Necessary Plant EnergyTM
Just how important are organic acids?
In 1966, J.C. Noggle reported a correlation between yield and concentration of
organic acids in plants. Nutrient treatments, which increase organic acids,
also increase yields. Is it possible to
increase yield by adding acids to a plants environment? The answer is a
resounding (yes!) for soil media, soil less media, and hydroponic systems.
Why organic plant acids?
The two most obvious requirements for cell maintenance and growth are a source of
energy and a source of carbon skeletons. For higher plants, both the energy and
carbon skeletons are supplied by the reactions of the tricarboxylic acid cycle.
In any plant tissue, the amount of acid varies with phase of development and
environmental conditions. The limits of variation and the types of acid
accumulated are genetically controlled.
Respiration and Necessary Plant Energy TCA organic acids.
Respiration represents largely the metabolism of TCA organic acids in a series of
biochemical reactions: accumulating mineral ions; oxidation’s of food occurring
in living cells; synthesizing fats, proteins, sugar and other compounds;
maintenance of protoplasmic structure; and cell division. Organic acids that
serve as respiratory intermediates are derived from carbohydrates occupying a
metabolic crossroads between fats, protein and carbohydrates.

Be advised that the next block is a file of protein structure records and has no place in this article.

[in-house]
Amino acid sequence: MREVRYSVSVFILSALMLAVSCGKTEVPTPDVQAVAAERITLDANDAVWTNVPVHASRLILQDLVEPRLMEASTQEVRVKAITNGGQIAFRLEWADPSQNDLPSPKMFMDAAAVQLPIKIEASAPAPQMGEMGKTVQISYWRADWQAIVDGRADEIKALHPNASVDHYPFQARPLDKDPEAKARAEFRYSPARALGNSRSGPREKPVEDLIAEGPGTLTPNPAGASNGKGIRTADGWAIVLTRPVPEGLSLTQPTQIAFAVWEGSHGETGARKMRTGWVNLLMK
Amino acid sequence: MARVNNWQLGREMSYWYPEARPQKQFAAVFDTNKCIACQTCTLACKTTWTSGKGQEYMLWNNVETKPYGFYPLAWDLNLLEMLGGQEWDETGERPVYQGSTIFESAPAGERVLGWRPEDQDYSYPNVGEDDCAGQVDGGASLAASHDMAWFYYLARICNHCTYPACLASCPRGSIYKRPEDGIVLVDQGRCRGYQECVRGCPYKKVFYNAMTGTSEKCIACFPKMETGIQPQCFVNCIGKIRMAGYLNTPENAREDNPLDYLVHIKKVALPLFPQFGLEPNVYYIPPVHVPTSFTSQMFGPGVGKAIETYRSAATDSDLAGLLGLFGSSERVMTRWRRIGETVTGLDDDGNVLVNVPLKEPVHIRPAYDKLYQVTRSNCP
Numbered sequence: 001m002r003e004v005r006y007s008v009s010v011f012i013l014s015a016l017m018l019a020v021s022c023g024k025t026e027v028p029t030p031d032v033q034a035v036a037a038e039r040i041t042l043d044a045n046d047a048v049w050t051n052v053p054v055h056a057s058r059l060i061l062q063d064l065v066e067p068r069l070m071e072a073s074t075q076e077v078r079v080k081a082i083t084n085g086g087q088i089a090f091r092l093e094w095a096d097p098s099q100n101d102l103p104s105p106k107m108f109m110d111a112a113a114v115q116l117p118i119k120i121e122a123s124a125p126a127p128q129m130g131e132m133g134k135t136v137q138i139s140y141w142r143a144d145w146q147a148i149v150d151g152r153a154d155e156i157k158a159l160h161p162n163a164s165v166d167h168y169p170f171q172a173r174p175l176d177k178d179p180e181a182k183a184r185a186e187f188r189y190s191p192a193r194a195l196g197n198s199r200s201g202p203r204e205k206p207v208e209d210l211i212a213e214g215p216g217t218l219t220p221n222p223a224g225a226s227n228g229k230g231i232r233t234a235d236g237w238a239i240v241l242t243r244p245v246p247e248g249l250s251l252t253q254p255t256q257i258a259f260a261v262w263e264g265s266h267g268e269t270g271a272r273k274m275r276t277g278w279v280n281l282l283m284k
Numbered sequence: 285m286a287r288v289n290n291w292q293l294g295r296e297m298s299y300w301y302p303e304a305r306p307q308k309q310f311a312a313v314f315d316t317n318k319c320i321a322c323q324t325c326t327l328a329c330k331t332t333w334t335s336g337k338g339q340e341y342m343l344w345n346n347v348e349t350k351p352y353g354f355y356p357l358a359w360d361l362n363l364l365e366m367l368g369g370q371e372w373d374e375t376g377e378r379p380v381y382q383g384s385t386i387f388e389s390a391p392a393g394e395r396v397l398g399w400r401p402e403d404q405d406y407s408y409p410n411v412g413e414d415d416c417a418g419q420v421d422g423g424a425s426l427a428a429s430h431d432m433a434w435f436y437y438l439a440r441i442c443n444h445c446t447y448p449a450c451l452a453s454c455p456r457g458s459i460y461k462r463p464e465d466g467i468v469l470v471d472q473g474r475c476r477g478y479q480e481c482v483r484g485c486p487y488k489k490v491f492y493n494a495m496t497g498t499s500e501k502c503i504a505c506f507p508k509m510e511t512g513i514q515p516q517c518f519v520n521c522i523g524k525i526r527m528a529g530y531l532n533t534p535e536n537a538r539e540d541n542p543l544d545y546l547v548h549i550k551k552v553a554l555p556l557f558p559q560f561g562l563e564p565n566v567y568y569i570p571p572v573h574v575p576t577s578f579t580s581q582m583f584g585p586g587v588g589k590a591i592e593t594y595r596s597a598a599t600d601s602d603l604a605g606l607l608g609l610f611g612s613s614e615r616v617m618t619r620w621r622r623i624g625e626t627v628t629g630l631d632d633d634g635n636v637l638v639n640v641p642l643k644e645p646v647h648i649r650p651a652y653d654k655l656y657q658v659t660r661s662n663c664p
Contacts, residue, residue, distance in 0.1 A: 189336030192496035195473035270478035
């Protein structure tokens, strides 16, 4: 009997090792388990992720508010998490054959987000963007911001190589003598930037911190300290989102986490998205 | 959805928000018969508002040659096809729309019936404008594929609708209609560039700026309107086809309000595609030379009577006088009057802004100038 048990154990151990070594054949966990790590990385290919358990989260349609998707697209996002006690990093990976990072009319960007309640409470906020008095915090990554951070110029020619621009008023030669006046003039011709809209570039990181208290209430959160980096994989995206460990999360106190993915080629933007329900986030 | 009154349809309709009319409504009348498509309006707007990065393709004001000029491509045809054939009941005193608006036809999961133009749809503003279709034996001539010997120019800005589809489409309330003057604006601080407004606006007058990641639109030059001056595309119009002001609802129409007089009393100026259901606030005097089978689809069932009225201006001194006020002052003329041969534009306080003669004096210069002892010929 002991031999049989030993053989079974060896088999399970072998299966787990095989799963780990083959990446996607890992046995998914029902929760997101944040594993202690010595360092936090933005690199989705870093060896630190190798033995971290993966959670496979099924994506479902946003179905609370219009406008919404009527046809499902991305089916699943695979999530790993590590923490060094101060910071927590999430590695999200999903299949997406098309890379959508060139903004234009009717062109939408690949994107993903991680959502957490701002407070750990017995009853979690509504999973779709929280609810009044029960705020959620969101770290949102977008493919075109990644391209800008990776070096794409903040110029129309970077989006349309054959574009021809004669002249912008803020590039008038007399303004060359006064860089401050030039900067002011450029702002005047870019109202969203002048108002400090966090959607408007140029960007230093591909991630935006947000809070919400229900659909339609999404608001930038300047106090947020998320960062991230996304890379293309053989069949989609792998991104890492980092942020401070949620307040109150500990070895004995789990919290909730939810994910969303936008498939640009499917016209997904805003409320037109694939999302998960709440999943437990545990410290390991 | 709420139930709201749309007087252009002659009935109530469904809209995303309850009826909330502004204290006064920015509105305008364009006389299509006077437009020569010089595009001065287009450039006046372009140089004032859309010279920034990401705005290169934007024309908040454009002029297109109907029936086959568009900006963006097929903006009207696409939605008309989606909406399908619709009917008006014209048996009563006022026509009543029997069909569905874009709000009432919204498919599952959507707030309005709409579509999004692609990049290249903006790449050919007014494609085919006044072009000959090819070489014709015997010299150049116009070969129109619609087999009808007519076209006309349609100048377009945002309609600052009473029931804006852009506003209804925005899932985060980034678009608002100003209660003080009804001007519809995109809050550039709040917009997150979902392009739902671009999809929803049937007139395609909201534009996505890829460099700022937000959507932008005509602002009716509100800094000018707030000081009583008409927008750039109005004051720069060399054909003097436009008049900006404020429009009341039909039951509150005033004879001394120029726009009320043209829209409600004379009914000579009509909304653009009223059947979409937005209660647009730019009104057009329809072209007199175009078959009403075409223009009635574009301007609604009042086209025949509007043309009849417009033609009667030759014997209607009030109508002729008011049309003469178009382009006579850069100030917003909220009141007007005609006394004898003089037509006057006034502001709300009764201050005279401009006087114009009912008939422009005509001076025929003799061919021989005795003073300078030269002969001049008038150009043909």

Carbon dioxide fixation and Necessary Plant Energy TCA organic acids.
Plant roots secrete carbon dioxide gas, carbonic acids and organic acid into the soil
where carbon dioxide gas is absorbed by the surrounding plant acids. The
combination of gas and acids are than transported to the aerial parts of the
plants, which contributes materially to the total carbon dioxide assimilation
Necessary Plant Energy TCA organic acids
In relationship with photosynthesis and carbon dioxide.
The relationship between acid metabolism, carbon dioxide fixation, and ion uptake
by roots runs parallel with total photosynthetic assimilation. Many plant
tissues can metabolically fix carbon dioxide from the atmosphere in a
non-photosynthetic process involving organic acids. Carbon dioxide fixation in
leaves involve organic acids.
NecessaryPlant Energy organic plant acid Summary.
Plant acids Represent mineral metabolism; nitrogen metabolism; energy to drive
metabolic processes; fat metabolism; carbohydrate metabolism; amino acid
metabolism; carbon dioxide fixation; growth. Necessary plant energy auxiliary
plant acids buffer fertilizer salts, preventing root burn, reducing insoluble
mineral precipitates. Use as an organic buffer of ph or to lower ph. Root
respiration in its various phases represents largely the metabolism of organic
acids. Root carbon dioxide fixation incorporates organic acid. Many plant
tissues accompanying organic acid accumulation, can metabolically fix carbon
dioxide from the atmosphere in non-photosynthetic processes. Every living cell
contains organic plant acids. It is the cells of higher plants that often
contain one or a combination of these acids at high concentration; many plants
accumulate one acid almost to the exclusion of other acids. Chemically, TCA
organic acids (plant tricarboxylic acids) are a highly diverse and important
group in the composition of the plant. Cycle catalytic organic acids, form
enzymic sequences of reactions affecting the metabolism of nitrogenous
compounds and the metabolism of sugars and fats. The relationship between acid
metabolism, carbon dioxide fixation and ion uptake by roots run parallel with
total photosynthetic assimilation.
Necessary Plant Energy TCA organic acids “Energizes plant metabolism and maximizes